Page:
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Cherry Blossom Bookmark

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Price: $16.95
Member Price: $15.25

Item# 10-092567 







Description

Suijin Shrine and Massaki on the Sumida River is the thirty-fifth print in Utagawa Hiroshige's (Japanese, 17971858) Views of Edo series. In depicting the spring season with a view of the Sumida River, the right side of the image is framed with double-petalled cherry blossoms. These pink cherry blossoms capture and hold our attention in contrast to the serene restful beauty of the landscape below. Our lovely Cherry Blossom Bookmark is adapted from this print.

Silver-plated brass with applied color. 4 3/8'' x 1 1/8''.

  • 4 3/8'' x 1 1/8''
  • Silver-plated brass with applied color

Art History

One of the great Japanese landscape artists, Utagawa Hiroshige created views of his native Japan that are celebrated throughout the world. In his extraordinary series of woodblock prints now in the Brooklyn Museum of Arts collection, One Hundred Famous Views of Edo, Hiroshige developed a style of sharply juxtaposed bold foreground elements as a framing device with distant views. His style blends Western influences with the meisho Japanese tradition.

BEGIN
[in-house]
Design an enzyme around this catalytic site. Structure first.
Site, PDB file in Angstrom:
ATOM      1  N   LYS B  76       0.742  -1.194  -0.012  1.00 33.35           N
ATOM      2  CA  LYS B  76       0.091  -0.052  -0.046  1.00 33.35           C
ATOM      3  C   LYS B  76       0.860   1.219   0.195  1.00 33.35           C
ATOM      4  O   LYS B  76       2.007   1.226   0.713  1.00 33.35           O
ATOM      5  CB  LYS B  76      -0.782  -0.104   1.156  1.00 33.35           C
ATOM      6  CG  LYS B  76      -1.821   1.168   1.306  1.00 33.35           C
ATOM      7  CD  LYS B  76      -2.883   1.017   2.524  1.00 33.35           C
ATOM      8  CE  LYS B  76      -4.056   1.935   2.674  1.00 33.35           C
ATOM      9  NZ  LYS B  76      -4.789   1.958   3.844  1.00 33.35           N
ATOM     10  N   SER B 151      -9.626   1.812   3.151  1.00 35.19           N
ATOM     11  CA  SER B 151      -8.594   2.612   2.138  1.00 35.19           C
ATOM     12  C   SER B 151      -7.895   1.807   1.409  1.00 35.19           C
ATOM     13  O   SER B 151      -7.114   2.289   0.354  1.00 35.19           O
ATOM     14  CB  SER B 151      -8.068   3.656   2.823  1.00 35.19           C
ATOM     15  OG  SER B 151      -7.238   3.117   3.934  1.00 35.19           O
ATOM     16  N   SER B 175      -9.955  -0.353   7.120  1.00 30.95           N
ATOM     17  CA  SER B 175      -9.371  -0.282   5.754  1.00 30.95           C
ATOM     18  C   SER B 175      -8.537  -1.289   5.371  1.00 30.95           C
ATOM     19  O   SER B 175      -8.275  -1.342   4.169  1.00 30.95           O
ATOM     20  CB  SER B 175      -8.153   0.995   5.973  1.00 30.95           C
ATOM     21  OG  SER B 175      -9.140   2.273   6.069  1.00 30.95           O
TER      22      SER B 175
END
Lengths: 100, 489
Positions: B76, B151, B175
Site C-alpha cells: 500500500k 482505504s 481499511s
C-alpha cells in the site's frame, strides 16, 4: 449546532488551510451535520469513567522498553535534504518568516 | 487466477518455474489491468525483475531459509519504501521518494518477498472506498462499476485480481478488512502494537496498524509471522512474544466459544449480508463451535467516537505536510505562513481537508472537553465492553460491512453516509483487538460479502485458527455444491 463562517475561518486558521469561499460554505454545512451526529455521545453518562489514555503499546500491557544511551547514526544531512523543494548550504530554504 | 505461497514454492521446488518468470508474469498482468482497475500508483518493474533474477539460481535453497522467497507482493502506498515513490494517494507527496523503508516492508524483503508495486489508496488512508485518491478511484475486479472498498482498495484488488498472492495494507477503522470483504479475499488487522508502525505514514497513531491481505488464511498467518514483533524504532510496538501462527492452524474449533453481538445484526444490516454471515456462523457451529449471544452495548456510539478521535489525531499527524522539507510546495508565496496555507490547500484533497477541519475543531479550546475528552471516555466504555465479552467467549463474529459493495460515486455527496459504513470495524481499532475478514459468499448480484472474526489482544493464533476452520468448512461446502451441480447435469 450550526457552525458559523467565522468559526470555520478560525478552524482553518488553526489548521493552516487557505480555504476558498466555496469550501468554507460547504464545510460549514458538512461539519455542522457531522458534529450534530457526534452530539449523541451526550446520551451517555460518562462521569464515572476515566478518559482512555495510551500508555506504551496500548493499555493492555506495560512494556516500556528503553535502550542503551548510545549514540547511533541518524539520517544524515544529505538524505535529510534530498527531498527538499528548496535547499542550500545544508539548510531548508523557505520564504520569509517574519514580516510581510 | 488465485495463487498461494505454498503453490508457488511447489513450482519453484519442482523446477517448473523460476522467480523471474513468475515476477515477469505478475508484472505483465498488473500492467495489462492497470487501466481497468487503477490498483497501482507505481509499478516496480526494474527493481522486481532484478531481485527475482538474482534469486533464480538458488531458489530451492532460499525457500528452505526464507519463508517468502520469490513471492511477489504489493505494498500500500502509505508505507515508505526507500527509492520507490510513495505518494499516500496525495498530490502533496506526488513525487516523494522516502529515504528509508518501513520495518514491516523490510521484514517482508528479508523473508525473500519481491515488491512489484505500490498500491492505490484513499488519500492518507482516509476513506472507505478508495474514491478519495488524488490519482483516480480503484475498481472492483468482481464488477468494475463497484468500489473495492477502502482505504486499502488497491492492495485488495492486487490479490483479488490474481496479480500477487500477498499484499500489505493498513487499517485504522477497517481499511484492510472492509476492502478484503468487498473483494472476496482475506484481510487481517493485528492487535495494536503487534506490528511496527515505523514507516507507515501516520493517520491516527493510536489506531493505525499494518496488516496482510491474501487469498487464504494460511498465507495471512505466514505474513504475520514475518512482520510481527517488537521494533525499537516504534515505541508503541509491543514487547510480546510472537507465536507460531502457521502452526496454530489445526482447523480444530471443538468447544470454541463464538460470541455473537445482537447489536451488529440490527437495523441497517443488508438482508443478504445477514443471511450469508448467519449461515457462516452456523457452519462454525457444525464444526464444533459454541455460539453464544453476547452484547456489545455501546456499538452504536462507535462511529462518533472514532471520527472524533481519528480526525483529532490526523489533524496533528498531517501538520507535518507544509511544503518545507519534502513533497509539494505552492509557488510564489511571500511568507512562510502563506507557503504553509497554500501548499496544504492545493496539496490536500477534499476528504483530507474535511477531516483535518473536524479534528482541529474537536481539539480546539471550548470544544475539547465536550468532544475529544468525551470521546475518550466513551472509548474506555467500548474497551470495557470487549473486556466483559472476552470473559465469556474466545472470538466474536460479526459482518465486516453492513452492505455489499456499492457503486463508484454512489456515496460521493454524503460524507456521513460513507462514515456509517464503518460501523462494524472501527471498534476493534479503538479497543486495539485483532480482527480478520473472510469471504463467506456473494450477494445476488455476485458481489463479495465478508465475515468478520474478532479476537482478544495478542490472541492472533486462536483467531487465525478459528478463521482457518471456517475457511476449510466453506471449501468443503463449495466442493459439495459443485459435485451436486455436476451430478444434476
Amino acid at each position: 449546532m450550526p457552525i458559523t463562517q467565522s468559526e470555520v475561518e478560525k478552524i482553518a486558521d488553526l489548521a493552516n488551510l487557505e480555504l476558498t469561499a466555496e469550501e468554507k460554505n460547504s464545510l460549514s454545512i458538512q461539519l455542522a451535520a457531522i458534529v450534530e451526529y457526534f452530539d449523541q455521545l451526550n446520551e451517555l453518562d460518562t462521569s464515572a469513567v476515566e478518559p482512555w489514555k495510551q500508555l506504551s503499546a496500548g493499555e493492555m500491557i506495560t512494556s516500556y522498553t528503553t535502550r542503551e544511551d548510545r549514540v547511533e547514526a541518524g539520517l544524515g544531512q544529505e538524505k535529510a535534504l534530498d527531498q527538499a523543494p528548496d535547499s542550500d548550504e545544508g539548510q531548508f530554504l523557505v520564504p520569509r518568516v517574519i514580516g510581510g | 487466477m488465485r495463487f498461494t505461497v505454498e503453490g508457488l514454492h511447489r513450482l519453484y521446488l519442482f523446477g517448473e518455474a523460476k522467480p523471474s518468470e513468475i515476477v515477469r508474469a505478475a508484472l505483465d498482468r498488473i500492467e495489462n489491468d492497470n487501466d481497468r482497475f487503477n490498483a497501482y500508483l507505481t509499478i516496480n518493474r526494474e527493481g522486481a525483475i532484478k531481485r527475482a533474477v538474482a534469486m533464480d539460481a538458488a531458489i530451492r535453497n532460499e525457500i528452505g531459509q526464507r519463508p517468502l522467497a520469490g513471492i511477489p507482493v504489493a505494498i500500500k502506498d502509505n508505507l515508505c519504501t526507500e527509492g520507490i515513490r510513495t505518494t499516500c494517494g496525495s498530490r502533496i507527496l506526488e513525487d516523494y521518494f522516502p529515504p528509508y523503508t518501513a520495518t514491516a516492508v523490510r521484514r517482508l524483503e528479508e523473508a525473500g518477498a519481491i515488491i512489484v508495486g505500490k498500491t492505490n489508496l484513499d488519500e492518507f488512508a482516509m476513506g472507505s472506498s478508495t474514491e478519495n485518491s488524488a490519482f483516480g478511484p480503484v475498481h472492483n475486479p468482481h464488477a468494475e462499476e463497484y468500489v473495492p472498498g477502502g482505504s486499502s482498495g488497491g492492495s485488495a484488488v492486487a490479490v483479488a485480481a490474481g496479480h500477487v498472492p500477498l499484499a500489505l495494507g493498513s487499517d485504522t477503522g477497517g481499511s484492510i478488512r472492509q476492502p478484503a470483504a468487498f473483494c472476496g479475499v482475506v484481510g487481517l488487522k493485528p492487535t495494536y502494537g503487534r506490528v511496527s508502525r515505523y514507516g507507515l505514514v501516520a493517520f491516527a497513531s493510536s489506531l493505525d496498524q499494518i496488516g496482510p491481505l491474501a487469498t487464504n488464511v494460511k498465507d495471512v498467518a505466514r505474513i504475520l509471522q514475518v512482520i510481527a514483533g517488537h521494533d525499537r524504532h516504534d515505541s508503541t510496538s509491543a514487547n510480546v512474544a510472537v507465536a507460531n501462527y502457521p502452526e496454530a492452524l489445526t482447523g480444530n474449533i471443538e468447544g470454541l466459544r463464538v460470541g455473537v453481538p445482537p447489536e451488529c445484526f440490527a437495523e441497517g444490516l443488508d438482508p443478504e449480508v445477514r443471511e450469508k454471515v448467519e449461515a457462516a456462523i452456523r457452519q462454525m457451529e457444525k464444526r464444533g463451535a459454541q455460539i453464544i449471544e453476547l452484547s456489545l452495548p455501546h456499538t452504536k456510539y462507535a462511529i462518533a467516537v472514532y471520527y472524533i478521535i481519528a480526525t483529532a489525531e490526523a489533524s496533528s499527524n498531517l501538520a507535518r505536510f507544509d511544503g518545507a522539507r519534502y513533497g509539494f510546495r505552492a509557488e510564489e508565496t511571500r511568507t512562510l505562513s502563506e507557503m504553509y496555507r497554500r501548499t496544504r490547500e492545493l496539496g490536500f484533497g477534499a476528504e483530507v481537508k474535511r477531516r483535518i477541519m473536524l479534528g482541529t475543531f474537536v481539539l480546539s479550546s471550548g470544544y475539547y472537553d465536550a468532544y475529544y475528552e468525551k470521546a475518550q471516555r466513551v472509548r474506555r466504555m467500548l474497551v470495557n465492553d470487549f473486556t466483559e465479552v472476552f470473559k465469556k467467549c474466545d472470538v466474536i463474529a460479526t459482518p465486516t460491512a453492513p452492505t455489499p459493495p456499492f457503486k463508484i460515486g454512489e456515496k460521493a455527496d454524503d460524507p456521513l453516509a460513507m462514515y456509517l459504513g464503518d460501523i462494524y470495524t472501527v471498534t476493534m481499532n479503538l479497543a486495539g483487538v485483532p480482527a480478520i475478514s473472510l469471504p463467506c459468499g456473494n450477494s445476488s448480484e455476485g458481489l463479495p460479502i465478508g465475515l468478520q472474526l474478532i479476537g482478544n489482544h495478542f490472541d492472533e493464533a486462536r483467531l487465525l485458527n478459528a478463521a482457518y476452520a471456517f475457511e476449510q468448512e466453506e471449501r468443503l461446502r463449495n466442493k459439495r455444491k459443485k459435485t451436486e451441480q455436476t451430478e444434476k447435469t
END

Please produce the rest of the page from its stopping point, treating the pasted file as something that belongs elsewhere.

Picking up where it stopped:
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Description

Suijin Shrine and Massaki on the Sumida River is the thirty-fifth print in Utagawa Hiroshige's (Japanese, 17971858) Views of Edo series. In depicting the spring season with a view of the Sumida River, the right side of the image is framed with double-petalled cherry blossoms. These pink cherry blossoms capture and hold our attention in contrast to the serene restful beauty of the landscape below. Our lovely Cherry Blossom Bookmark is adapted from this print.

Silver-plated brass with applied color. 4 3/8'' x 1 1/8''.





  • 4 3/8'' x 1 1/8''
  • Silver-plated brass with applied color




Art History

One of the great Japanese landscape artists, Utagawa Hiroshige created views of his native Japan that are celebrated throughout the world. In his extraordinary series of woodblock prints now in the Brooklyn Museum of Arts collection, One Hundred Famous Views of Edo, Hiroshige developed a style of sharply juxtaposed bold foreground elements as a framing device with distant views. His style blends Western influences with the meisho Japanese tradition.


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